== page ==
As someone who’s built, managed, and now advises hundreds of global talent acquisition teams, one question that repeatedly comes up is: How can we hire for “grit” - that quality of tenacity that ensures your next hire will stick it out through the good and bad times.
And there will be bad times. We’ve all faced them ranging from a bad company quarter (or two or three) to a company acquisition. In an era of over-inflated resumes and LinkedIn profiles how can you make sure the next hire isn’t just a butt-in-the-seat rather someone willing to tackle adversity. The next time you’re sitting across from a candidate try this simple interview question:
- Tell me about your biggest professional failure and what you learned from it
Why: Candidates are prepped to tell you every wonderful thing they’ve done. This question stands to catch them off-guard and elicit an honest answer. Do they throw others under the bus or do they take ownership of the situation? Most importantly, what did they learn from failing and did they grow professionally?
Real Example from a high-level candidate: “A year into my tenure I was put in charge of a huge project for the company that was a passion project for our VP. I signed off approving it without vetting it as much as I should have. Six months in, I realized we were not only bleeding resources and losing money but also that we would not be able to complete the project as planned. After repeated attempts to share a more effective solution with the VP I went over his head to the executive team. It was one of the hardest things I’ve ever done professionally but the executives sided with me and we ultimately scrapped the project and went with my plan. This turned out to be one of the most successful endeavors for the company and created a multi-million-dollar revenue stream that is still running as of today”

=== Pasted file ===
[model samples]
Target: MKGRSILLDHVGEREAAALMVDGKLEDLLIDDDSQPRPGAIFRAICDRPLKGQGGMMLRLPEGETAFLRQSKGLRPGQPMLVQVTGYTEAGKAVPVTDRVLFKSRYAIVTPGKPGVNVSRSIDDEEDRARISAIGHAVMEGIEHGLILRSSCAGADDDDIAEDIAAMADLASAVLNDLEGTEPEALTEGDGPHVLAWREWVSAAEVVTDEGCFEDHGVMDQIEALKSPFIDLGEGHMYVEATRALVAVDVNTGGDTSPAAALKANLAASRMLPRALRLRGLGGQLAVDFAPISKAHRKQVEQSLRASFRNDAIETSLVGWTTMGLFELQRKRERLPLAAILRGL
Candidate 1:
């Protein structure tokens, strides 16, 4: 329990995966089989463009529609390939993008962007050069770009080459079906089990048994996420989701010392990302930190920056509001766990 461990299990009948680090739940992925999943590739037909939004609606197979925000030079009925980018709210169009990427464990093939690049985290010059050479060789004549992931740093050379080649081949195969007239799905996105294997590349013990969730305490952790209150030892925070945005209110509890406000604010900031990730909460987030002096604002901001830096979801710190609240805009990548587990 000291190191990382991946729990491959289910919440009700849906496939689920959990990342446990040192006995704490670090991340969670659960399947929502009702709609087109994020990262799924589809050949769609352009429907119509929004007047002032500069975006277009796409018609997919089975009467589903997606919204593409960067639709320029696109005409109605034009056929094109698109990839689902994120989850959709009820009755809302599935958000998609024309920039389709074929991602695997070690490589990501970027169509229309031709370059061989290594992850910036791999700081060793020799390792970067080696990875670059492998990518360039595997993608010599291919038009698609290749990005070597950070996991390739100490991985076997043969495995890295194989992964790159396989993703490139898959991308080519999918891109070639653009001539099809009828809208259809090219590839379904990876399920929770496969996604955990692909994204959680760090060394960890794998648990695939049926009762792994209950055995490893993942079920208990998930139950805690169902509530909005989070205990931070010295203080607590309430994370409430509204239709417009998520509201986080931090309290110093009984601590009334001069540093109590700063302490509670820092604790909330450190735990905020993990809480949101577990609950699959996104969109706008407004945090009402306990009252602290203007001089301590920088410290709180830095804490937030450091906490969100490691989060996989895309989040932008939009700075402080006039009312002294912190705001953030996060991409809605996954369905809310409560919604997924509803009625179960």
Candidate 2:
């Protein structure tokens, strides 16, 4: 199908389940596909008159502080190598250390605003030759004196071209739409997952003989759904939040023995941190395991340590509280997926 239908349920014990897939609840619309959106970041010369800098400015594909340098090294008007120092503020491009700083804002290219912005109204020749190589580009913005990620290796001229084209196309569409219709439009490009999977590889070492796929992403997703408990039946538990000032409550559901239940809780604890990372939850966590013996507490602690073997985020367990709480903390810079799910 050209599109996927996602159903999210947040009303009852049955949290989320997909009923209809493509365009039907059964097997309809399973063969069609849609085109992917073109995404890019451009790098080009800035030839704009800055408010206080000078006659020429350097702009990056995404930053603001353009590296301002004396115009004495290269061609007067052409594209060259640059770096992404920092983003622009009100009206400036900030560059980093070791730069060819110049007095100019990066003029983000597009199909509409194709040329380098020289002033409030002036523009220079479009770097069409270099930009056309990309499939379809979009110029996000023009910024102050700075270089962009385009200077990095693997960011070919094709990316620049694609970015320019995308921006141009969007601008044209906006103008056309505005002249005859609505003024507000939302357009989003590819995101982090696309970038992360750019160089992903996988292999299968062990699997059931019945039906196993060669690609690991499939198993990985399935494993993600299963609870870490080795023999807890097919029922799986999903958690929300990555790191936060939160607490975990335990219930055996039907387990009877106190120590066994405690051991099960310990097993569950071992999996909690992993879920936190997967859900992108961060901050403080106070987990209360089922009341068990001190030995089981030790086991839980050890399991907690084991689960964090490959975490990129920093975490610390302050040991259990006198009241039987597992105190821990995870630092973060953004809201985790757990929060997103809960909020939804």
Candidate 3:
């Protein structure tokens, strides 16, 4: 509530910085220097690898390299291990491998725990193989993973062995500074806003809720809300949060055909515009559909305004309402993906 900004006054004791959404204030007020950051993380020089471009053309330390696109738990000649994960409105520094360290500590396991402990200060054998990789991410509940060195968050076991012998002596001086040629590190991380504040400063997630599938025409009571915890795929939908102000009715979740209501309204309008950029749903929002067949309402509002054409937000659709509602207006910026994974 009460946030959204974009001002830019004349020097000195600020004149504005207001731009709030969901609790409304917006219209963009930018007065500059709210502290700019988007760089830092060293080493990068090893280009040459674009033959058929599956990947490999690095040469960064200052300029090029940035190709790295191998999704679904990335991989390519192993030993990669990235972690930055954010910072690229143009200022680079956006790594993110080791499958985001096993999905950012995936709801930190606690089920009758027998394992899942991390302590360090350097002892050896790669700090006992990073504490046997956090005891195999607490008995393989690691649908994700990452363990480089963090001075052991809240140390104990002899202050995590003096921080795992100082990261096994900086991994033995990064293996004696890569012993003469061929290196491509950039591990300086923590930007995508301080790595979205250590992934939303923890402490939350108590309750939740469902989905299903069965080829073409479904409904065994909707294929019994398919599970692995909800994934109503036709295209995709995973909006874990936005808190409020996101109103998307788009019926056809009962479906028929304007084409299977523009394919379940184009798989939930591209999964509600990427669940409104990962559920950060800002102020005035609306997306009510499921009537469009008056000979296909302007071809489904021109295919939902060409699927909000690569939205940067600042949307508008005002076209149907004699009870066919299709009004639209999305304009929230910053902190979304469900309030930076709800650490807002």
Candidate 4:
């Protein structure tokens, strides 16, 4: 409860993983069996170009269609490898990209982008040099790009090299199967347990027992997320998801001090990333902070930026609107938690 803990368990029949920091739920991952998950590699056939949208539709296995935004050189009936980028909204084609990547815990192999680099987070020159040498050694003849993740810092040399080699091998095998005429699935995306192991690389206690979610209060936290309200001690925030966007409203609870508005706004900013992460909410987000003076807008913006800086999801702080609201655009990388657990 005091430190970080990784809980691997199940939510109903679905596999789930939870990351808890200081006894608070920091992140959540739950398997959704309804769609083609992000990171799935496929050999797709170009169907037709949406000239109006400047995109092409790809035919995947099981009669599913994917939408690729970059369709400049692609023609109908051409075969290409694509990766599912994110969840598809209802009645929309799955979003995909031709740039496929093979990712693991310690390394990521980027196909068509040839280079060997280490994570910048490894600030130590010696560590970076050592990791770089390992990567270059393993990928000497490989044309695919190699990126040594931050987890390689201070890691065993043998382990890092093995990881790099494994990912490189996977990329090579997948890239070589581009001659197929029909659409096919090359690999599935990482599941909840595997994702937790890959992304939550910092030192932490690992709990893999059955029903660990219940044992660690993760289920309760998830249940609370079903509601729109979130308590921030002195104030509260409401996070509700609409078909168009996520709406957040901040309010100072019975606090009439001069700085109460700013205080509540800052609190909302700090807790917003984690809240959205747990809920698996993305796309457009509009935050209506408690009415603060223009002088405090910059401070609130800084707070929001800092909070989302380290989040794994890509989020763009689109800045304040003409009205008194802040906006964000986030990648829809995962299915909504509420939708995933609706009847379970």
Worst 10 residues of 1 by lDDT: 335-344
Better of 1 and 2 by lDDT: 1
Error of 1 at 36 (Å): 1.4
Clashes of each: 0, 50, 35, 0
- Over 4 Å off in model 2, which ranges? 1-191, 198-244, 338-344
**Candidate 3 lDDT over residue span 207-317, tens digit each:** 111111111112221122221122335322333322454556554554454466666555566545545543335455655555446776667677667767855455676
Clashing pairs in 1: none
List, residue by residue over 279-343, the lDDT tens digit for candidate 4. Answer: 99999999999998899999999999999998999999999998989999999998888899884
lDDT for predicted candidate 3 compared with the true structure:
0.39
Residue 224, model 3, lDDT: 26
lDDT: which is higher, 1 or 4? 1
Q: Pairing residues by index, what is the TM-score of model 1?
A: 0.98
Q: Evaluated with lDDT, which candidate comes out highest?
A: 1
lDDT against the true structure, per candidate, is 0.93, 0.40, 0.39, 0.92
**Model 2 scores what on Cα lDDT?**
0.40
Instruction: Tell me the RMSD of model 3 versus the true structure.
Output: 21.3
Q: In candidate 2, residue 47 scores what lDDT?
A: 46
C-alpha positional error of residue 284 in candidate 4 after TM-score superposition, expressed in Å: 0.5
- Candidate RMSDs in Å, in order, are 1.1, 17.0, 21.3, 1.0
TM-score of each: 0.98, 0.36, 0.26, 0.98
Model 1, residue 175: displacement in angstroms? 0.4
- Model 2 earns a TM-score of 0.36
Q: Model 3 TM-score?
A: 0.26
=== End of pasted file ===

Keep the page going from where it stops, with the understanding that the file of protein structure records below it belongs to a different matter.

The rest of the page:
What did I learn from asking this question: This candidate was not afraid to step outside of the micro-project to see the macro issue. They also did everything possible to follow chain of command to present a better solution. I also learned that when faced with a decision on what was best for the company and her current project, she chose the company first and put her own position at risk to do the right thing.
Recruiting is not an exact science (which is why I’m not worried about the trend of “AI” taking over HR). It takes experience, proficiency, and judgement. As you head into your next interview with questions prepared to tackle the candidates experience, be sure to set apart time to try this question designed to gauge their grit. You’ll find out quite a bit from their answer.
As always, would love to hear your thoughts, ideas, and suggestions for future SHRM articles by tweeting at me @AndreJBoulais on Twitter or connecting with me via LinkedIn.
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